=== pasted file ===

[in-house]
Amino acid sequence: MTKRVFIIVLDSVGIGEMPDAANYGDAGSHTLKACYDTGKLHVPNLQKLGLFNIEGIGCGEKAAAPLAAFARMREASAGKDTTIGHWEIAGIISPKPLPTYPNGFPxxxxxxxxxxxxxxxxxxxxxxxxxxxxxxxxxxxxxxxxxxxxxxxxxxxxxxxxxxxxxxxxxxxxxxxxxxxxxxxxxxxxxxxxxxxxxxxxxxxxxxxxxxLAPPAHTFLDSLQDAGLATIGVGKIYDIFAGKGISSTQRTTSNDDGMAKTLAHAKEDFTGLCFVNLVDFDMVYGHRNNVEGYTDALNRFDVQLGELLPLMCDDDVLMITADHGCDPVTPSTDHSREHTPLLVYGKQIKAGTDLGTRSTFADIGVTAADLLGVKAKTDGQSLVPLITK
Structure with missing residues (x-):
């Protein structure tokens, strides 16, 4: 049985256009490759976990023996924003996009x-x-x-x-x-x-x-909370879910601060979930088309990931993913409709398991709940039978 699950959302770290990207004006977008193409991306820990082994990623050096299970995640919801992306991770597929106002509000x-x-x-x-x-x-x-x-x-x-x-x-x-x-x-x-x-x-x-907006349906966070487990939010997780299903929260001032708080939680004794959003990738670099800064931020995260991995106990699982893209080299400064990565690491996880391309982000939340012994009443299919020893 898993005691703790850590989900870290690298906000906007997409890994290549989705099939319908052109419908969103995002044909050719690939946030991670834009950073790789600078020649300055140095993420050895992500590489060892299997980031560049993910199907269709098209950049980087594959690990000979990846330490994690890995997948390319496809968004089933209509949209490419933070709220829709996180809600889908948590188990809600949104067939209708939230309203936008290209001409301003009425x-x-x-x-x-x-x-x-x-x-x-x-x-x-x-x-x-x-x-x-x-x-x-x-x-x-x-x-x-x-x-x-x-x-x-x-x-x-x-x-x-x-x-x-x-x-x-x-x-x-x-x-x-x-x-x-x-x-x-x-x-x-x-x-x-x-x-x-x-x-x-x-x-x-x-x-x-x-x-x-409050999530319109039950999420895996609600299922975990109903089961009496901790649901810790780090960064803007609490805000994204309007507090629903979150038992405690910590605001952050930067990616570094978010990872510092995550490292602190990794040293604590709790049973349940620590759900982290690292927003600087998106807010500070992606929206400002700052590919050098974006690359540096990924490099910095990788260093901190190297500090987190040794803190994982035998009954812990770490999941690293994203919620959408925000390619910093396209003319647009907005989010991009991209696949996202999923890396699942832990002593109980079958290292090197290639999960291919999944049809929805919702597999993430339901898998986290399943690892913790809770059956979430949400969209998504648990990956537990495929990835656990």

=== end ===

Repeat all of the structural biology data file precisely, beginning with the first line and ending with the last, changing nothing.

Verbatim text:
[in-house]
Amino acid sequence: MTKRVFIIVLDSVGIGEMPDAANYGDAGSHTLKACYDTGKLHVPNLQKLGLFNIEGIGCGEKAAAPLAAFARMREASAGKDTTIGHWEIAGIISPKPLPTYPNGFPxxxxxxxxxxxxxxxxxxxxxxxxxxxxxxxxxxxxxxxxxxxxxxxxxxxxxxxxxxxxxxxxxxxxxxxxxxxxxxxxxxxxxxxxxxxxxxxxxxxxxxxxxxLAPPAHTFLDSLQDAGLATIGVGKIYDIFAGKGISSTQRTTSNDDGMAKTLAHAKEDFTGLCFVNLVDFDMVYGHRNNVEGYTDALNRFDVQLGELLPLMCDDDVLMITADHGCDPVTPSTDHSREHTPLLVYGKQIKAGTDLGTRSTFADIGVTAADLLGVKAKTDGQSLVPLITK
Structure with missing residues (x-):
């Protein structure tokens, strides 16, 4: 049985256009490759976990023996924003996009x-x-x-x-x-x-x-909370879910601060979930088309990931993913409709398991709940039978 699950959302770290990207004006977008193409991306820990082994990623050096299970995640919801992306991770597929106002509000x-x-x-x-x-x-x-x-x-x-x-x-x-x-x-x-x-x-x-907006349906966070487990939010997780299903929260001032708080939680004794959003990738670099800064931020995260991995106990699982893209080299400064990565690491996880391309982000939340012994009443299919020893 898993005691703790850590989900870290690298906000906007997409890994290549989705099939319908052109419908969103995002044909050719690939946030991670834009950073790789600078020649300055140095993420050895992500590489060892299997980031560049993910199907269709098209950049980087594959690990000979990846330490994690890995997948390319496809968004089933209509949209490419933070709220829709996180809600889908948590188990809600949104067939209708939230309203936008290209001409301003009425x-x-x-x-x-x-x-x-x-x-x-x-x-x-x-x-x-x-x-x-x-x-x-x-x-x-x-x-x-x-x-x-x-x-x-x-x-x-x-x-x-x-x-x-x-x-x-x-x-x-x-x-x-x-x-x-x-x-x-x-x-x-x-x-x-x-x-x-x-x-x-x-x-x-x-x-x-x-x-x-409050999530319109039950999420895996609600299922975990109903089961009496901790649901810790780090960064803007609490805000994204309007507090629903979150038992405690910590605001952050930067990616570094978010990872510092995550490292602190990794040293604590709790049973349940620590759900982290690292927003600087998106807010500070992606929206400002700052590919050098974006690359540096990924490099910095990788260093901190190297500090987190040794803190994982035998009954812990770490999941690293994203919620959408925000390619910093396209003319647009907005989010991009991209696949996202999923890396699942832990002593109980079958290292090197290639999960291919999944049809929805919702597999993430339901898998986290399943690892913790809770059956979430949400969209998504648990990956537990495929990835656990």